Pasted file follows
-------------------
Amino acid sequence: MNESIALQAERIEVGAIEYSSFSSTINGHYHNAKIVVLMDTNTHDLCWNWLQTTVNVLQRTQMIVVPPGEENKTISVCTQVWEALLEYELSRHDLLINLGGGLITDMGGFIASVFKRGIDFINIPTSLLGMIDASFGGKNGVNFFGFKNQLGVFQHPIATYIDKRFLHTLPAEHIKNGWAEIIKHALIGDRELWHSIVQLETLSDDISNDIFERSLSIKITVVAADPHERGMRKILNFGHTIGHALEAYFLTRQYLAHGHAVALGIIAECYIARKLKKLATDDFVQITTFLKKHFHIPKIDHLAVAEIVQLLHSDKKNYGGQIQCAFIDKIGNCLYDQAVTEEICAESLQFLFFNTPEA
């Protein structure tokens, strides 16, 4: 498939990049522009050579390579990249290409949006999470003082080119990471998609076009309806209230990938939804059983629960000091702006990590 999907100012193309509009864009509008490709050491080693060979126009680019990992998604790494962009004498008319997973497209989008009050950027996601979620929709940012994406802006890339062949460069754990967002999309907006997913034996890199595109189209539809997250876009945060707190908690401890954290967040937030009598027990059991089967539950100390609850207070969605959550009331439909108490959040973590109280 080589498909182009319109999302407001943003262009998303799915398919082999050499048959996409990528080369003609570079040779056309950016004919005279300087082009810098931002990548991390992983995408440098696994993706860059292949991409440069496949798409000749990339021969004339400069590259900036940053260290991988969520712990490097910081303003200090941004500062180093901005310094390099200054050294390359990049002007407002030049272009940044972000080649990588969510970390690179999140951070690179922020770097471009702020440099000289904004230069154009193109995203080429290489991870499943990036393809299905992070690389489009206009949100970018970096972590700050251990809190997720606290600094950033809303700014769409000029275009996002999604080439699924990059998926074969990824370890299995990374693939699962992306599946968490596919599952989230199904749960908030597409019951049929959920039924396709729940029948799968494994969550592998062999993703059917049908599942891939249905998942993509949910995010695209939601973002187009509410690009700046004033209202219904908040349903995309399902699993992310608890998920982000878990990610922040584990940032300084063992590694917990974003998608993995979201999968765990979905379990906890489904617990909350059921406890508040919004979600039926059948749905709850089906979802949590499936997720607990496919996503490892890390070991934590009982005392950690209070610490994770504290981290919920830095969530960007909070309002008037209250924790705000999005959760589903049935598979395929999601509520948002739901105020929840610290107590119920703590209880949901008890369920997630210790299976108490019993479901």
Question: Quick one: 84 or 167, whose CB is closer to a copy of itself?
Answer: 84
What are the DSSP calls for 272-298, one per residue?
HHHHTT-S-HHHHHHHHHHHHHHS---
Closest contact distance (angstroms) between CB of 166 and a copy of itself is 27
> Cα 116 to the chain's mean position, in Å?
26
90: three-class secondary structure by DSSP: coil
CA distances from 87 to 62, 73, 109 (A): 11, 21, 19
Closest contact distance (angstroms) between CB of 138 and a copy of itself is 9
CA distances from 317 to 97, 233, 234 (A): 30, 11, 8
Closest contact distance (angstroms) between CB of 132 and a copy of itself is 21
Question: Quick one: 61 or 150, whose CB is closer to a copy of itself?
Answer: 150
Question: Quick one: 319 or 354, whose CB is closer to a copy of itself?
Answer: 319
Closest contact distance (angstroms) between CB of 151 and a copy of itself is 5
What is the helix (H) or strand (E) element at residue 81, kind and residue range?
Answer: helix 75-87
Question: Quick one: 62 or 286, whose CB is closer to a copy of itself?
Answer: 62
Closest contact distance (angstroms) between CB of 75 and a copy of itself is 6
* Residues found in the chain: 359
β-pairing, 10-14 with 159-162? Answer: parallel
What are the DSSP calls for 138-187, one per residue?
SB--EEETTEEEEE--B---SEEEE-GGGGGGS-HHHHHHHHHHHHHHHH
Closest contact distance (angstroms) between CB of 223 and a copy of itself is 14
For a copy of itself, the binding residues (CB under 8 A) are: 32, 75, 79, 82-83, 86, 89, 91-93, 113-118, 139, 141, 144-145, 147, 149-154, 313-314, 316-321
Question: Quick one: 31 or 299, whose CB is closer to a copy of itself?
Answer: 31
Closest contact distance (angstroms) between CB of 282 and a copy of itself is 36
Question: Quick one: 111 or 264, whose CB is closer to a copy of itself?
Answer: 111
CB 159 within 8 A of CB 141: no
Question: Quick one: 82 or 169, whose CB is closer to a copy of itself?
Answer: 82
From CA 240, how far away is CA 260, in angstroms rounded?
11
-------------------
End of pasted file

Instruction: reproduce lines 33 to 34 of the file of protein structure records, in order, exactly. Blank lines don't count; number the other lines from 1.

Closest contact distance (angstroms) between CB of 282 and a copy of itself is 36
Question: Quick one: 111 or 264, whose CB is closer to a copy of itself?